Starr Hill's IPA Jambeeree

Starr Hill’s IPA Jambeeree

The only disappointment for the day was the number of breweries that kicked their kegs very early in the event. I showed up late at 3pm (2 hours after it started, 3 after the VIPs got in), and three or four major players in Virginia brewing were already out of all of their beers and many of the other breweries had already pulled tap handles. Perhaps they misjudged the demand, or maybe they were truly slammed with drinkers, but it would have been nice to see everyone get a chance to try those beers.

I think my ability to enjoy the event was due to the meaninglessness of the term IPA. Taking a deep dive with a style is helpful if you are trying to wrap your head around the parameters of the category and improve your evaluation skills. That could have been done to a degree here, but the diversity of IPA types was impressive. There were double and triple IPAs, but also the Belgian and Black IPAs that you’d traditionally expect, beside fruit and rye IPAs, that many breweries are adding to their quivers.

In a strained parallel, the assumption is that Belgian brewers don’t set out to brew a double, or a tripel, or a quad. They just make beer. Some are pale, and some are dark. Some are dry and phenolic, while others gravitate towards malt and dark fruits. There’s a huge variability on the ABV side, as well. I think styles are important to guide some expectations, and they equip us with a language to evaluate and enjoy beer, but I don’t think a brewer needs to have a style in mind. Just a vision of what he or she wants to create.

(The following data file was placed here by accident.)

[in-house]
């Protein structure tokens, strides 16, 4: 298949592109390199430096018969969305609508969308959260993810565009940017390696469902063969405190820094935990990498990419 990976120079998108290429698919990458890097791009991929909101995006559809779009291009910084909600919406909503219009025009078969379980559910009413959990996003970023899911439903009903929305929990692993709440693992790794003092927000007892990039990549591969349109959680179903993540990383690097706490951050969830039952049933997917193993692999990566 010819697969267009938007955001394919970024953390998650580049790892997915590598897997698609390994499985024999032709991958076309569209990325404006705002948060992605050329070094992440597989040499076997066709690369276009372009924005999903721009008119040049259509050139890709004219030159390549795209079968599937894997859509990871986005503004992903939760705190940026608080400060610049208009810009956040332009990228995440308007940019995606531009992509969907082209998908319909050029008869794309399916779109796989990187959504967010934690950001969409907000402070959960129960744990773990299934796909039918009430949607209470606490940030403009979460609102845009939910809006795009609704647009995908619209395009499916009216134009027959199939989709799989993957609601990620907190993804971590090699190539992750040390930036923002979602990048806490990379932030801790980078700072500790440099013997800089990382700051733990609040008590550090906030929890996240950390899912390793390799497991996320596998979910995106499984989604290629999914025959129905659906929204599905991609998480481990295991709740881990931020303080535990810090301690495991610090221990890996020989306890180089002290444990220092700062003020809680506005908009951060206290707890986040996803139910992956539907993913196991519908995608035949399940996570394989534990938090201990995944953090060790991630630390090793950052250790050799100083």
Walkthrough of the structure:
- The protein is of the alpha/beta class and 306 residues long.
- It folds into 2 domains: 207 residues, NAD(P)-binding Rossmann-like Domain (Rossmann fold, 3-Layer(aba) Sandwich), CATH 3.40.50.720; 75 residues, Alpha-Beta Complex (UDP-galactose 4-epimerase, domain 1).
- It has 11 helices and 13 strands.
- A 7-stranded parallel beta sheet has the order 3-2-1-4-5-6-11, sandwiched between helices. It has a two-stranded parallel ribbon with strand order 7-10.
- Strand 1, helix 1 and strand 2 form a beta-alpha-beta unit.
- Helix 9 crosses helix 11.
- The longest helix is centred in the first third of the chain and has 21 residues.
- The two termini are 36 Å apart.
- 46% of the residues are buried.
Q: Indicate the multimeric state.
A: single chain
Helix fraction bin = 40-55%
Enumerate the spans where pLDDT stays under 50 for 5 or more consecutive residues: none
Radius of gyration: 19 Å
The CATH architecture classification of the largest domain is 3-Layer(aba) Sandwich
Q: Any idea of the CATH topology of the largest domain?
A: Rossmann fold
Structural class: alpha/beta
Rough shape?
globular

Given the diversity of the IPA category and the fact that its tie to India is more than debatable,”IPA” doesn’t mean anything anymore. And, to me, that feels good. Isn’t there some freedom in that? If a brewer wants to use “IPA” as a placeholder to brew whatever beer he or she wants, then they are serving their creativity and I’ll always respect that drive as long as they have the technical ability to construct that vision. Let’s embrace the ingenuity of American breweries and concentrate on taste rather than extremity that only, in the end, creates similarity. 


Apr 20 2012

American IPA Homebrew – Citra Ass Down